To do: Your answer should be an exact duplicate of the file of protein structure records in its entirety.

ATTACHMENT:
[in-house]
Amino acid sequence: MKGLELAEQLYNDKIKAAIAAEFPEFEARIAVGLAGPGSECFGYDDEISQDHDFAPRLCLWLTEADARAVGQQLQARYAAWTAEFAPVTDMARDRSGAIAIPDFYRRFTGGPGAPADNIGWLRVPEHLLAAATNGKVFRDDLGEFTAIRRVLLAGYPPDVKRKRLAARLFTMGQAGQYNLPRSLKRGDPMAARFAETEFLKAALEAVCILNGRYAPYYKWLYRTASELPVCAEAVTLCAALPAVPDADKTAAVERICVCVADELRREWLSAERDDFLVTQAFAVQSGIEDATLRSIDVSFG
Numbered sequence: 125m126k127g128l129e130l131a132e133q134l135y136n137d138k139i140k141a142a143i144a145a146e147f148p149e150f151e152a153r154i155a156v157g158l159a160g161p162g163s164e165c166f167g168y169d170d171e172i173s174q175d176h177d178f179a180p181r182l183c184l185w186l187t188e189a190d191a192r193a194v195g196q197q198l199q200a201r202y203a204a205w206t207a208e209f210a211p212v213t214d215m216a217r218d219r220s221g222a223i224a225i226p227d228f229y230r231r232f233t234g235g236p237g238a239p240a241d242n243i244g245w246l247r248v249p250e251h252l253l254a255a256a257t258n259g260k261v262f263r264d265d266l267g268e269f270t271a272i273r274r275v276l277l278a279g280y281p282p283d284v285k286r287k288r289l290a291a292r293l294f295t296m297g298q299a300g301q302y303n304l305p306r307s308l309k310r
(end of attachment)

[in-house]
Amino acid sequence: MKGLELAEQLYNDKIKAAIAAEFPEFEARIAVGLAGPGSECFGYDDEISQDHDFAPRLCLWLTEADARAVGQQLQARYAAWTAEFAPVTDMARDRSGAIAIPDFYRRFTGGPGAPADNIGWLRVPEHLLAAATNGKVFRDDLGEFTAIRRVLLAGYPPDVKRKRLAARLFTMGQAGQYNLPRSLKRGDPMAARFAETEFLKAALEAVCILNGRYAPYYKWLYRTASELPVCAEAVTLCAALPAVPDADKTAAVERICVCVADELRREWLSAERDDFLVTQAFAVQSGIEDATLRSIDVSFG
Numbered sequence: 125m126k127g128l129e130l131a132e133q134l135y136n137d138k139i140k141a142a143i144a145a146e147f148p149e150f151e152a153r154i155a156v157g158l159a160g161p162g163s164e165c166f167g168y169d170d171e172i173s174q175d176h177d178f179a180p181r182l183c184l185w186l187t188e189a190d191a192r193a194v195g196q197q198l199q200a201r202y203a204a205w206t207a208e209f210a211p212v213t214d215m216a217r218d219r220s221g222a223i224a225i226p227d228f229y230r231r232f233t234g235g236p237g238a239p240a241d242n243i244g245w246l247r248v249p250e251h252l253l254a255a256a257t258n259g260k261v262f263r264d265d266l267g268e269f270t271a272i273r274r275v276l277l278a279g280y281p282p283d284v285k286r287k288r289l290a291a292r293l294f295t296m297g298q299a300g301q302y303n304l305p306r307s308l309k310r